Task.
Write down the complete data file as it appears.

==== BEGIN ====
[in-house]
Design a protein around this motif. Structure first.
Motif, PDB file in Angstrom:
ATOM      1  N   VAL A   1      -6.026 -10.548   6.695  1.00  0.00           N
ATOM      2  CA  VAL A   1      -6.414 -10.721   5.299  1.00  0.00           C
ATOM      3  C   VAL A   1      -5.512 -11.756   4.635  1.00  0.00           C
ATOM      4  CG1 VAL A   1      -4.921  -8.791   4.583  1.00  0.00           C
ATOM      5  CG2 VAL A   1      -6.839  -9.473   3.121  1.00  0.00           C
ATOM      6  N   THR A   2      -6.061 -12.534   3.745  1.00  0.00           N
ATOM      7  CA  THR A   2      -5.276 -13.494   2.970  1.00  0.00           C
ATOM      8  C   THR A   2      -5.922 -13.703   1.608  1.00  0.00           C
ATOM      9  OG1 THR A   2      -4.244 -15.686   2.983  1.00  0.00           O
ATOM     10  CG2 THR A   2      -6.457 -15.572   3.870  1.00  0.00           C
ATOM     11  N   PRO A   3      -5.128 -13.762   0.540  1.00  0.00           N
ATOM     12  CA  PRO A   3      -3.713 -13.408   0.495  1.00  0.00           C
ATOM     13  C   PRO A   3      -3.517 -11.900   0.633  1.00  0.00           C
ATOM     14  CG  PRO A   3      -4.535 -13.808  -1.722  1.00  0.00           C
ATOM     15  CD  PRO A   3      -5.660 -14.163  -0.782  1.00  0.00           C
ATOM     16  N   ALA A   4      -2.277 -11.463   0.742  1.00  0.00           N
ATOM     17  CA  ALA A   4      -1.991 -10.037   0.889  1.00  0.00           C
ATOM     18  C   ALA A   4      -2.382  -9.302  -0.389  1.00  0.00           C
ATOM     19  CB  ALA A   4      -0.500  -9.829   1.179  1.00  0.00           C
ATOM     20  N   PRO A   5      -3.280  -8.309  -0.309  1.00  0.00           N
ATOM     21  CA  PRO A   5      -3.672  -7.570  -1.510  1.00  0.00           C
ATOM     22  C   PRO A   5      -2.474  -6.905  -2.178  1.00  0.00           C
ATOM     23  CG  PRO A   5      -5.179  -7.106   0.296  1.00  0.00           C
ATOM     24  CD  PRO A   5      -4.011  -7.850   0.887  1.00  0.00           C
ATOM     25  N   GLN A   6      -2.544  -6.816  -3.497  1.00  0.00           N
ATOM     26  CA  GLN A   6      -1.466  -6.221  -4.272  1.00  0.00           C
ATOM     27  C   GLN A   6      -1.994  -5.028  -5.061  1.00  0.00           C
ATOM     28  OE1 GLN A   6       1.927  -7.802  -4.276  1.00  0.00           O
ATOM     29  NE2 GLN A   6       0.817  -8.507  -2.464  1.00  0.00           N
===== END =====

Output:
[in-house]
Design a protein around this motif. Structure first.
Motif, PDB file in Angstrom:
ATOM      1  N   VAL A   1      -6.026 -10.548   6.695  1.00  0.00           N
ATOM      2  CA  VAL A   1      -6.414 -10.721   5.299  1.00  0.00           C
ATOM      3  C   VAL A   1      -5.512 -11.756   4.635  1.00  0.00           C
ATOM      4  CG1 VAL A   1      -4.921  -8.791   4.583  1.00  0.00           C
ATOM      5  CG2 VAL A   1      -6.839  -9.473   3.121  1.00  0.00           C
ATOM      6  N   THR A   2      -6.061 -12.534   3.745  1.00  0.00           N
ATOM      7  CA  THR A   2      -5.276 -13.494   2.970  1.00  0.00           C
ATOM      8  C   THR A   2      -5.922 -13.703   1.608  1.00  0.00           C
ATOM      9  OG1 THR A   2      -4.244 -15.686   2.983  1.00  0.00           O
ATOM     10  CG2 THR A   2      -6.457 -15.572   3.870  1.00  0.00           C
ATOM     11  N   PRO A   3      -5.128 -13.762   0.540  1.00  0.00           N
ATOM     12  CA  PRO A   3      -3.713 -13.408   0.495  1.00  0.00           C
ATOM     13  C   PRO A   3      -3.517 -11.900   0.633  1.00  0.00           C
ATOM     14  CG  PRO A   3      -4.535 -13.808  -1.722  1.00  0.00           C
ATOM     15  CD  PRO A   3      -5.660 -14.163  -0.782  1.00  0.00           C
ATOM     16  N   ALA A   4      -2.277 -11.463   0.742  1.00  0.00           N
ATOM     17  CA  ALA A   4      -1.991 -10.037   0.889  1.00  0.00           C
ATOM     18  C   ALA A   4      -2.382  -9.302  -0.389  1.00  0.00           C
ATOM     19  CB  ALA A   4      -0.500  -9.829   1.179  1.00  0.00           C
ATOM     20  N   PRO A   5      -3.280  -8.309  -0.309  1.00  0.00           N
ATOM     21  CA  PRO A   5      -3.672  -7.570  -1.510  1.00  0.00           C
ATOM     22  C   PRO A   5      -2.474  -6.905  -2.178  1.00  0.00           C
ATOM     23  CG  PRO A   5      -5.179  -7.106   0.296  1.00  0.00           C
ATOM     24  CD  PRO A   5      -4.011  -7.850   0.887  1.00  0.00           C
ATOM     25  N   GLN A   6      -2.544  -6.816  -3.497  1.00  0.00           N
ATOM     26  CA  GLN A   6      -1.466  -6.221  -4.272  1.00  0.00           C
ATOM     27  C   GLN A   6      -1.994  -5.028  -5.061  1.00  0.00           C
ATOM     28  OE1 GLN A   6       1.927  -7.802  -4.276  1.00  0.00           O
ATOM     29  NE2 GLN A   6       0.817  -8.507  -2.464  1.00  0.00           N